This species is known from the entire mountain ridge along the western side of Sumatra, in Indonesia. It was rediscovered in the late 1990s and has now been recorded widely. Known specimens belonging to this species may actually belong to another species, therefore further taxonomic research is needed (D. Iskandar pers. comm. May 2017). It occurs above 700 m asl and the extent of occurrence (EOO) of the current known range is 67,868 km2.
Habitat and Ecology
It lives in primary submontane and montane rainforest along streams. It occurs also in slightly disturbed forest habitats and agroforestry areas (D. Iskandar pers. comm. May 2017). The tadpoles have ventral suckers and stick on rocks in fast-moving streams, similar to Amolops (D. Iskandar and A. Hamidy pers. comm. May 2017).
It is a common species, especially around 1,000 m asl, but due to ongoing decline in the quality and extent of its habitat the population is suspected to be decreasing.
The major threat is the loss of its montane forest habitat due to agriculture, though forest loss is less serious at higher altitudes in Sumatra.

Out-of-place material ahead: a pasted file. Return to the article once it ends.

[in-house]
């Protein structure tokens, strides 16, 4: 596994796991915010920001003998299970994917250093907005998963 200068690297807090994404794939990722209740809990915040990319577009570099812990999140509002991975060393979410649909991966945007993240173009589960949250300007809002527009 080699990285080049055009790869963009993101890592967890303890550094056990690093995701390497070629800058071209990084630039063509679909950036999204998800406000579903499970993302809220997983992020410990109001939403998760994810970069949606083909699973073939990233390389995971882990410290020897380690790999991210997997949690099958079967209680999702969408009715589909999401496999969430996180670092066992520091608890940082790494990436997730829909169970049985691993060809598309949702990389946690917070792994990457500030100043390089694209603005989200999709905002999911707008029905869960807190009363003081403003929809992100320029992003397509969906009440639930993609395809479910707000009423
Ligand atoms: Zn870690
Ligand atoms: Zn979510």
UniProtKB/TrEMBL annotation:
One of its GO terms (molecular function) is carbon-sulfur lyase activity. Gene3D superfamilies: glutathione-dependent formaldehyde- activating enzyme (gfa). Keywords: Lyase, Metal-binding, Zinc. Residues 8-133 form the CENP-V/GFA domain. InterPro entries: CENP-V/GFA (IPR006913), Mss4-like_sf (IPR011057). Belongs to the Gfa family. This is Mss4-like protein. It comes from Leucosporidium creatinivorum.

Its occurs within Kerinci Seblat, Gunung Leuser and Barisan-Selatan National Parks (D. Iskandar pers. comm. May 2017).
Studies on its distribution, population status, and threats are needed. Further taxonomic research is ongoing to resolve the taxonomy of this species.
Red List Status
Least Concern (LC)
Listed as Least Concern in view of its wide distribution, presumed large population and degree of tolerance to habitat disturbance.
Further taxonomic work is needed because it is suspected that it is a synonym of another species and because its life history strategy is closer to Amolops (D. Iskandar pers. comm. May 2017).
IUCN SSC Amphibian Specialist Group 2018. Chalcorana kampeni. The IUCN Red List of Threatened Species 2018: e.T58632A114923693. http://dx.doi.org/10.2305/IUCN.UK.2018-1.RLTS.T58632A114923693.en .Downloaded on 21 January 2019